The California Workers’ Compensation Institute (CWCI) has published a new study showing that increasing numbers of opioid prescriptions for back conditions among California injured workers were associated with higher overall medical costs, increased lost time from work and more attorney involvement. The study adds to a growing body of knowledge questioning the use of high levels of opioids in the treatment of chronic non-malignant pain.
The study analyzed more than 166,000 California work injury claims for back conditions with no spinal cord involvement (the most common job injury in the state) and found that one in four workers with these conditions received opioids, with those workers averaging more than five opioid prescriptions over the course of treatment. After controlling for claimant occupation, wages, demographic factors, the nature and cause of injury, drug interactions, and other variables, CWCI found that injured workers who received modest levels of opioids — one prescription or less than 240 morphine equivalent milligrams — had claim costs and other outcomes similar to those who received no opioids. Beyond that, however, greater numbers of opioid prescriptions and morphine equivalent milligrams were associated with higher costs and a higher prevalence of adverse outcomes such as increased likelihood of lost time from work and a longer duration of paid temporary disability. Among those with more than seven opioid prescriptions, average claim cost increased three fold and the number of days away from work increased an average of 4.7 times.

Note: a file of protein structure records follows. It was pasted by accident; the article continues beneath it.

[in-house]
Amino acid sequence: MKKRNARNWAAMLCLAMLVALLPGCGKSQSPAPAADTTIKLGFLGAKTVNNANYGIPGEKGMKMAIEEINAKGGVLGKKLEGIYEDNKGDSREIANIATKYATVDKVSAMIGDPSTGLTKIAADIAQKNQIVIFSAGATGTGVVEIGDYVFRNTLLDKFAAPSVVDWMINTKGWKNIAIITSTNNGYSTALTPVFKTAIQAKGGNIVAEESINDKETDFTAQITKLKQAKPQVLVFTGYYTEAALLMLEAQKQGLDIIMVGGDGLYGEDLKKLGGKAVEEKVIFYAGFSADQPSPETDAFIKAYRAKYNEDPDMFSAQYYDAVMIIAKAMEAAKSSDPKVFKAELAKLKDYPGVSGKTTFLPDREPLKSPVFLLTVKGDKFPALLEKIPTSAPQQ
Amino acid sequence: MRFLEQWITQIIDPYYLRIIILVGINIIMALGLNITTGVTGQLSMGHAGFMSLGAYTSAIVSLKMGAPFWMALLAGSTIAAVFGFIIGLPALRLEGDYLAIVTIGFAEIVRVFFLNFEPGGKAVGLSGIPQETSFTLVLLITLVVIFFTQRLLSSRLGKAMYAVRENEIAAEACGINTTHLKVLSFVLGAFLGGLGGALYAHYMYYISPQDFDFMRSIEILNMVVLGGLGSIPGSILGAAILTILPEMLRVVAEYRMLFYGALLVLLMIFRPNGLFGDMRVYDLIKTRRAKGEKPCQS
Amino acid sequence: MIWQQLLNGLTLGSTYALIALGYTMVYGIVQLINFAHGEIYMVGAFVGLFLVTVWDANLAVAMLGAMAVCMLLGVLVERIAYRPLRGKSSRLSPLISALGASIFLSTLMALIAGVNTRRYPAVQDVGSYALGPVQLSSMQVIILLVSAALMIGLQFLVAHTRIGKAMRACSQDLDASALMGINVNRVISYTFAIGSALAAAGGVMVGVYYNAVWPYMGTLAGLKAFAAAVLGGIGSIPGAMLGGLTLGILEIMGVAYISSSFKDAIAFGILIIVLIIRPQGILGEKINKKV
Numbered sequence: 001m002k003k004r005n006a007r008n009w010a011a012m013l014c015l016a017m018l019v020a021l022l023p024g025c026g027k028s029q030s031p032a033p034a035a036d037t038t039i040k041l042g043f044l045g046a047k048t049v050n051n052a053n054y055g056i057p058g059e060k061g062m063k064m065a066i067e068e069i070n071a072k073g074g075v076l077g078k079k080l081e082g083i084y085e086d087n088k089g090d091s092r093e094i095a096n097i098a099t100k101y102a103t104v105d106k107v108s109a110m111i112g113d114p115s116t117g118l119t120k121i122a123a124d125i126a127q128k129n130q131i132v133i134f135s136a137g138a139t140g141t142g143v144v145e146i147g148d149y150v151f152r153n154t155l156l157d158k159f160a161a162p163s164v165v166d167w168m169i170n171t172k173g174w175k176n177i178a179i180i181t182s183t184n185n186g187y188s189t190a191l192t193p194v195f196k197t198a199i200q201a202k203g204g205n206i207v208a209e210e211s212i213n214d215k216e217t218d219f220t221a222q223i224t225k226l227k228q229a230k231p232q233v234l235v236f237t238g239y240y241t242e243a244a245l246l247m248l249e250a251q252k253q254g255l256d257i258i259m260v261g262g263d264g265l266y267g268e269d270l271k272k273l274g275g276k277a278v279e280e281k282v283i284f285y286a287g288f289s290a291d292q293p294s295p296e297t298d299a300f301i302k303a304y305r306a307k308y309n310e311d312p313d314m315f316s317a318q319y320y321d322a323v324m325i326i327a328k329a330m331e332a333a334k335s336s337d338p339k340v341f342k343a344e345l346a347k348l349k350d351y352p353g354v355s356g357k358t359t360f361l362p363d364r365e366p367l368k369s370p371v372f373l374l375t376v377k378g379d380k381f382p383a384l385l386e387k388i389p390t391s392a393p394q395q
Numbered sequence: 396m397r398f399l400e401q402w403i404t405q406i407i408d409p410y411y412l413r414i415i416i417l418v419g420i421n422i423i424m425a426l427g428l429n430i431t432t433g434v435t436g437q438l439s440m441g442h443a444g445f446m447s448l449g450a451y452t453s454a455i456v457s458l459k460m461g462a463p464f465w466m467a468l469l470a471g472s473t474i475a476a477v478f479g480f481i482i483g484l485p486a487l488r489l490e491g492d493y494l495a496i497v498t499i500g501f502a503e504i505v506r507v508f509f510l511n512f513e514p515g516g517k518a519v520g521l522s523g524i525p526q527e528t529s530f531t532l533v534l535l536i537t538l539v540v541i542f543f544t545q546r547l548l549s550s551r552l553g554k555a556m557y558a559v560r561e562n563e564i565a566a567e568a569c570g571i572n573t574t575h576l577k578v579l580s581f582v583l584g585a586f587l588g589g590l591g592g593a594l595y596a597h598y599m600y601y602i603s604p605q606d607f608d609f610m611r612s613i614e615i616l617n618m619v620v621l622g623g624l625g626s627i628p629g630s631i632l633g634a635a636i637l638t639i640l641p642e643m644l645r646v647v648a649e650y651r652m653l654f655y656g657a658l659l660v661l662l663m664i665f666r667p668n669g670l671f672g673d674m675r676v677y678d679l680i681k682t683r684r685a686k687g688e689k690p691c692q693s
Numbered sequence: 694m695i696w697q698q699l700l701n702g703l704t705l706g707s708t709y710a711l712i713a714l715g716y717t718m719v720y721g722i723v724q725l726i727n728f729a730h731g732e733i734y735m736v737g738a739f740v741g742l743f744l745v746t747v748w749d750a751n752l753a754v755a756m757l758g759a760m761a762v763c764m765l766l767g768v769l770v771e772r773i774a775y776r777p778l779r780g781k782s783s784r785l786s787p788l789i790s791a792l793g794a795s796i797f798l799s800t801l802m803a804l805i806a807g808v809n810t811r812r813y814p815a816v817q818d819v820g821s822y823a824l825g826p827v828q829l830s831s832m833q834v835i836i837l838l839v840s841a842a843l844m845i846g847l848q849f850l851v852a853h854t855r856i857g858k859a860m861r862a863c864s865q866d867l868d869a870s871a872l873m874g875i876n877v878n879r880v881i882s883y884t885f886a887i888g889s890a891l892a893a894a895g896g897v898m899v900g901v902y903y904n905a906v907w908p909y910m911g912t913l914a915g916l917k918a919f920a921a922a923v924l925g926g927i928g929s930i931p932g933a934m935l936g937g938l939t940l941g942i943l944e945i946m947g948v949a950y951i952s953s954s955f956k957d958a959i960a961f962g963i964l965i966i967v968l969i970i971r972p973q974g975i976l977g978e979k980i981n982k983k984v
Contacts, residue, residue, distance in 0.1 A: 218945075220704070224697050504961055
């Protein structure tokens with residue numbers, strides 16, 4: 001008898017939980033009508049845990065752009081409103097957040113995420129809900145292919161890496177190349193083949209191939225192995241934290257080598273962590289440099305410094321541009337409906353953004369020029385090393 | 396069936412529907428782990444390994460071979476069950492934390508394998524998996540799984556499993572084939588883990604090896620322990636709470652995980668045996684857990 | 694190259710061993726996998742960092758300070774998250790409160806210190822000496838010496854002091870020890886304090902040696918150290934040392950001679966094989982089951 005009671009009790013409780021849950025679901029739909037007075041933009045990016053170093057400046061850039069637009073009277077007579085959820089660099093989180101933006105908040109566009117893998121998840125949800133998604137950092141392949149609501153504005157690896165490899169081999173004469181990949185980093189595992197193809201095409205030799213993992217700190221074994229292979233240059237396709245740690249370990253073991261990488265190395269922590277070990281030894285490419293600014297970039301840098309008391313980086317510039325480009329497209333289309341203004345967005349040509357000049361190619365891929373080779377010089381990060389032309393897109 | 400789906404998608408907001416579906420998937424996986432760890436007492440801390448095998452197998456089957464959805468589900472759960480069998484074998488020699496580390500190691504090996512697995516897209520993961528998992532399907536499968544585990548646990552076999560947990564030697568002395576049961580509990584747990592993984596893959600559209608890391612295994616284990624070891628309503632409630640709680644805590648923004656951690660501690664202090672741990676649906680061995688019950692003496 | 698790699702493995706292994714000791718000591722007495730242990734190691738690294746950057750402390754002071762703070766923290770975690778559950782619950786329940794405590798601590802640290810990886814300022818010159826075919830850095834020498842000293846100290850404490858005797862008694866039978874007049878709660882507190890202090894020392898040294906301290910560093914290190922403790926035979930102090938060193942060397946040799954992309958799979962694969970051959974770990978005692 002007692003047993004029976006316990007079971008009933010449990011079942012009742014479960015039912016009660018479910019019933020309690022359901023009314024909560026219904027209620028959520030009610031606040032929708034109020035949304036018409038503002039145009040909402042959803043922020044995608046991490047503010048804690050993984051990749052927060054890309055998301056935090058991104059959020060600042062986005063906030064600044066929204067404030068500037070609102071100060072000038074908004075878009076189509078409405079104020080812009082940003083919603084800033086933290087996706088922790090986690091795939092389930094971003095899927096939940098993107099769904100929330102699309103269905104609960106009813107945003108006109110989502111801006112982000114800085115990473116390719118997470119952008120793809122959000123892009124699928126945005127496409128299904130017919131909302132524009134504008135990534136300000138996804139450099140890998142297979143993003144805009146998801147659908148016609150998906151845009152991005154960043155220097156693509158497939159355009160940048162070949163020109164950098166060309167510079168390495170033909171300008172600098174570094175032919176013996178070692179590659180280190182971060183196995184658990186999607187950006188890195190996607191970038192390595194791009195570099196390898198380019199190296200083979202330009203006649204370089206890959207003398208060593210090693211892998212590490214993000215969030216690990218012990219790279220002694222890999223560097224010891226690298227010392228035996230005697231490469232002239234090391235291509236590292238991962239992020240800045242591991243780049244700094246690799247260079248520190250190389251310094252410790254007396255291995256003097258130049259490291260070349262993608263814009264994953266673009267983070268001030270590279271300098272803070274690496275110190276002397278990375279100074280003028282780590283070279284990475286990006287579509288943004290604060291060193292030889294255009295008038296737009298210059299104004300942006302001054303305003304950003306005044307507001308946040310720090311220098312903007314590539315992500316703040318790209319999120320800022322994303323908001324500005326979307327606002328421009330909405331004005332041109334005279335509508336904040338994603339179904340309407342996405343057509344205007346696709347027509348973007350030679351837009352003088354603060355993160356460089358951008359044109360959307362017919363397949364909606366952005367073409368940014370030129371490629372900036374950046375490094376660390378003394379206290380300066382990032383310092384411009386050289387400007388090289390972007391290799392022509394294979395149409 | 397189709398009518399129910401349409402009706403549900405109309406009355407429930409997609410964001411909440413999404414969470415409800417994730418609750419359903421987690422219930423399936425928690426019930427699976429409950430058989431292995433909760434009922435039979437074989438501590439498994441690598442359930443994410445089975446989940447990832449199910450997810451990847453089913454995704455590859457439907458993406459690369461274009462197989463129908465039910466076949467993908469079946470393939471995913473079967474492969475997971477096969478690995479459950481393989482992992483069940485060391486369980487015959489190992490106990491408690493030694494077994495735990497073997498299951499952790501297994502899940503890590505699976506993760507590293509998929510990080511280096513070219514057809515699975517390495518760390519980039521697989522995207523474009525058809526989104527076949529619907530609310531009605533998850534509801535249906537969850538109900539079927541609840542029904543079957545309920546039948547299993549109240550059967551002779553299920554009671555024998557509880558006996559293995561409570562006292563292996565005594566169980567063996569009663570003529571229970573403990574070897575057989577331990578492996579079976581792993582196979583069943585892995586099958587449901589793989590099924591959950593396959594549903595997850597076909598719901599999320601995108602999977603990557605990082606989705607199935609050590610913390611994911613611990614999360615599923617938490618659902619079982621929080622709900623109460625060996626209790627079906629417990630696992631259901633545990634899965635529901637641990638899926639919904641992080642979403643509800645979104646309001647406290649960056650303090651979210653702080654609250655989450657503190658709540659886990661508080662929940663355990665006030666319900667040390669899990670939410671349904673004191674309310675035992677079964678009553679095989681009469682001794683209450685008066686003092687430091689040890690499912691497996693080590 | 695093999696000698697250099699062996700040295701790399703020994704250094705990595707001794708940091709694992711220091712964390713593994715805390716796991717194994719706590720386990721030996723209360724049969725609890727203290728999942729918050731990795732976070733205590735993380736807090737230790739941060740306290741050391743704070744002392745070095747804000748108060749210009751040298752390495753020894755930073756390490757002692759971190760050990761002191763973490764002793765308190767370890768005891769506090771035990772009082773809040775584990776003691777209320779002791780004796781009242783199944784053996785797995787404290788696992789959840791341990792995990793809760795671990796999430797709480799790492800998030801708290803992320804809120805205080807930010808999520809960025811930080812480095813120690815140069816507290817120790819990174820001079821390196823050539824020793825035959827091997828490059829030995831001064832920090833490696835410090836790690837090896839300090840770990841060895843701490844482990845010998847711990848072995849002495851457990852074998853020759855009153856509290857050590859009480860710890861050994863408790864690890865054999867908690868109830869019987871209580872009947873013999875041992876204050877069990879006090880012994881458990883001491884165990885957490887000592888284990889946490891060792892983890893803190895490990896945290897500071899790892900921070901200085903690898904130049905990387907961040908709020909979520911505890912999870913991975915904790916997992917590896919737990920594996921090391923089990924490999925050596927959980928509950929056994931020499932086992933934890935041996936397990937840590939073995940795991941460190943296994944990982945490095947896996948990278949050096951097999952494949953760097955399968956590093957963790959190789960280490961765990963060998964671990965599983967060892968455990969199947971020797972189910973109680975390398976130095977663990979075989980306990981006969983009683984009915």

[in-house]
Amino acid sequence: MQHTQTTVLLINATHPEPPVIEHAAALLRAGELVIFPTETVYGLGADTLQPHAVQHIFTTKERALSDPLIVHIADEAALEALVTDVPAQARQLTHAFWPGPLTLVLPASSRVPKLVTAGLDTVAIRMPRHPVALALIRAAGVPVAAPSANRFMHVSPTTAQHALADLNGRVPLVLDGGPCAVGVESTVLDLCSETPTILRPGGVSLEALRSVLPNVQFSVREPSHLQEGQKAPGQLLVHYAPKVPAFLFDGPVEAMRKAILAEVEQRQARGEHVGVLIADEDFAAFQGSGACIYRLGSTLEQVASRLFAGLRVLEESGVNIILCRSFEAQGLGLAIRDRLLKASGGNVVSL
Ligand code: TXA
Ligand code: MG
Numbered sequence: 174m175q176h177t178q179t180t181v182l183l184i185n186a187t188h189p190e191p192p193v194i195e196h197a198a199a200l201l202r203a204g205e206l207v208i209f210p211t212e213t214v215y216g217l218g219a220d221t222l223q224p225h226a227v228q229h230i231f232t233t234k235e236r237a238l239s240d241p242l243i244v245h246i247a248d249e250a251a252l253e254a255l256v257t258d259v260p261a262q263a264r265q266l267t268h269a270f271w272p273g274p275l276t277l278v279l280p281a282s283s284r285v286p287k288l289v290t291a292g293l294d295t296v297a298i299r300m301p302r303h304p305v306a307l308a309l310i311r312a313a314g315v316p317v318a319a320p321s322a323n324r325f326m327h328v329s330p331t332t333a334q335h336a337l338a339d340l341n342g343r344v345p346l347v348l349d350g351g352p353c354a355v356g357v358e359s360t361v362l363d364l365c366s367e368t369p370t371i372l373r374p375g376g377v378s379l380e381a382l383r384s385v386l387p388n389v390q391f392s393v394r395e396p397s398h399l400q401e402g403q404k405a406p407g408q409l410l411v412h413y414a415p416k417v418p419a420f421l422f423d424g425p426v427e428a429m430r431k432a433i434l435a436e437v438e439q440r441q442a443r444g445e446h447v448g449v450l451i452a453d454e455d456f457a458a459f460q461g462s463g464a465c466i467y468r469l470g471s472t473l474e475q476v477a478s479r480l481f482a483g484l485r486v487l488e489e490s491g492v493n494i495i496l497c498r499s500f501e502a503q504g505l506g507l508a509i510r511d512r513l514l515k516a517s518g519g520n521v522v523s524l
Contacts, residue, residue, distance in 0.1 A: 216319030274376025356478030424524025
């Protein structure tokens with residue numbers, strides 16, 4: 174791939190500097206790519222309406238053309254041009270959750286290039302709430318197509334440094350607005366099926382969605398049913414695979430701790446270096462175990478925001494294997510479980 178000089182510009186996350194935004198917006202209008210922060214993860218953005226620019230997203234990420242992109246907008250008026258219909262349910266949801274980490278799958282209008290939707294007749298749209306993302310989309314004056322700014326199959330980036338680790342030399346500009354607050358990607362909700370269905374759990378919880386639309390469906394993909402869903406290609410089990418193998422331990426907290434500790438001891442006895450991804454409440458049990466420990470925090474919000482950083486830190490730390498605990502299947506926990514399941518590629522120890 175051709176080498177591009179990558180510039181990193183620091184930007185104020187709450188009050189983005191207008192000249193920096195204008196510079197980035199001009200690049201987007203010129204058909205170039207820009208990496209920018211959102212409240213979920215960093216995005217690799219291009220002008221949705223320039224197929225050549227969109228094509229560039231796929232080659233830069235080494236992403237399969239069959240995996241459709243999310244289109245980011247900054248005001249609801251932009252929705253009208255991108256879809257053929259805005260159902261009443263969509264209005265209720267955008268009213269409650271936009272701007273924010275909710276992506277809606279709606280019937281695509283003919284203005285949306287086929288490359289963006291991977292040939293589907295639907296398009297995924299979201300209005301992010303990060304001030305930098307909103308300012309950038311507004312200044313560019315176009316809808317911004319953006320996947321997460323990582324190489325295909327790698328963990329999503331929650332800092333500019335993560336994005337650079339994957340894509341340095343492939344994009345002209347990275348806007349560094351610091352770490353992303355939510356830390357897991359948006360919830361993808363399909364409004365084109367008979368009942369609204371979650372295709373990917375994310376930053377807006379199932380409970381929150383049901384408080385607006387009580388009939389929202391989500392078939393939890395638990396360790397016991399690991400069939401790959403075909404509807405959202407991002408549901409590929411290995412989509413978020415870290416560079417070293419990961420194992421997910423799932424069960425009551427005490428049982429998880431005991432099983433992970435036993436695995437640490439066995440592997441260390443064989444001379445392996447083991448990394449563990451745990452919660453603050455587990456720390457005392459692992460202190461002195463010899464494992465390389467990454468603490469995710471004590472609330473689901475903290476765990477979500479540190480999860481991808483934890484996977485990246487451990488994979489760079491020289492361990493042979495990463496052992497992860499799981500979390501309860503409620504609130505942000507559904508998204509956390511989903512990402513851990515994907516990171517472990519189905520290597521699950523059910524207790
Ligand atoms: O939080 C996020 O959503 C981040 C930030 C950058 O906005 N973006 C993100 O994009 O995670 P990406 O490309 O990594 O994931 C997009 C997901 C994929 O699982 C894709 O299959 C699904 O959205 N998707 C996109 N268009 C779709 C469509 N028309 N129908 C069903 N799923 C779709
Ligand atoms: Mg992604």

The study adds to scientific literature that suggests that opioids have an adverse impact on both activity levels and on self-efficacy, and that prolonged administration of pain medication may impede rather than facilitate injured workers’ recovery from occupational back injuries. CWCI has released the findings in a Report to the Industry, Pain Management and the Use of Opioids in the Treatment of Back Conditions in the California Workers’ Compensation System, which may be ordered from the online store at www.cwci.org. The timing of the report coincides with the release of proposed regulations regarding chronic pain treatment guidelines, which include a section on the use of opioids to treat chronic pain. The state will hold hearings on the proposed regulations August 11 in Los Angeles and August 12 in San Francisco.